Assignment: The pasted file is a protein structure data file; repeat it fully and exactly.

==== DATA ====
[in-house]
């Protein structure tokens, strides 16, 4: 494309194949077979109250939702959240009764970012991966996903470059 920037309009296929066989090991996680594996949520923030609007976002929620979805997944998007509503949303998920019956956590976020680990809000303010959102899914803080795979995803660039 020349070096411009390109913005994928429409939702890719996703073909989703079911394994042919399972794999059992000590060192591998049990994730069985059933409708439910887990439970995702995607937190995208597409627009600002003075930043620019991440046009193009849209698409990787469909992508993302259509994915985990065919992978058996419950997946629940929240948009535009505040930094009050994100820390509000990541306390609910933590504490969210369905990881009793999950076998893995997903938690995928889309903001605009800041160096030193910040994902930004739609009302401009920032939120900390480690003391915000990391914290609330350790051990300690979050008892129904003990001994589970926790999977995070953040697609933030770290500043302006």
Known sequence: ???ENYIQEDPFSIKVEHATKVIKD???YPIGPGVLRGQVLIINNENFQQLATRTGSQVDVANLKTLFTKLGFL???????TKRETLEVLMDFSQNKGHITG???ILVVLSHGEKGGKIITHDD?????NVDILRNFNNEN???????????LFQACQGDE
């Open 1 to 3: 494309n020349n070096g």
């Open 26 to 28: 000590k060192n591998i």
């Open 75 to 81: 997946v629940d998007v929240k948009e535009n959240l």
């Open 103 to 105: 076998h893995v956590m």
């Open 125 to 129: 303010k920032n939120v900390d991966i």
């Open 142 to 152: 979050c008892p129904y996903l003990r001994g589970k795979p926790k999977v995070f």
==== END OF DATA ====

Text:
[in-house]
């Protein structure tokens, strides 16, 4: 494309194949077979109250939702959240009764970012991966996903470059 920037309009296929066989090991996680594996949520923030609007976002929620979805997944998007509503949303998920019956956590976020680990809000303010959102899914803080795979995803660039 020349070096411009390109913005994928429409939702890719996703073909989703079911394994042919399972794999059992000590060192591998049990994730069985059933409708439910887990439970995702995607937190995208597409627009600002003075930043620019991440046009193009849209698409990787469909992508993302259509994915985990065919992978058996419950997946629940929240948009535009505040930094009050994100820390509000990541306390609910933590504490969210369905990881009793999950076998893995997903938690995928889309903001605009800041160096030193910040994902930004739609009302401009920032939120900390480690003391915000990391914290609330350790051990300690979050008892129904003990001994589970926790999977995070953040697609933030770290500043302006």
Known sequence: ???ENYIQEDPFSIKVEHATKVIKD???YPIGPGVLRGQVLIINNENFQQLATRTGSQVDVANLKTLFTKLGFL???????TKRETLEVLMDFSQNKGHITG???ILVVLSHGEKGGKIITHDD?????NVDILRNFNNEN???????????LFQACQGDE
């Open 1 to 3: 494309n020349n070096g």
């Open 26 to 28: 000590k060192n591998i």
């Open 75 to 81: 997946v629940d998007v929240k948009e535009n959240l």
């Open 103 to 105: 076998h893995v956590m």
């Open 125 to 129: 303010k920032n939120v900390d991966i």
């Open 142 to 152: 979050c008892p129904y996903l003990r001994g589970k795979p926790k999977v995070f």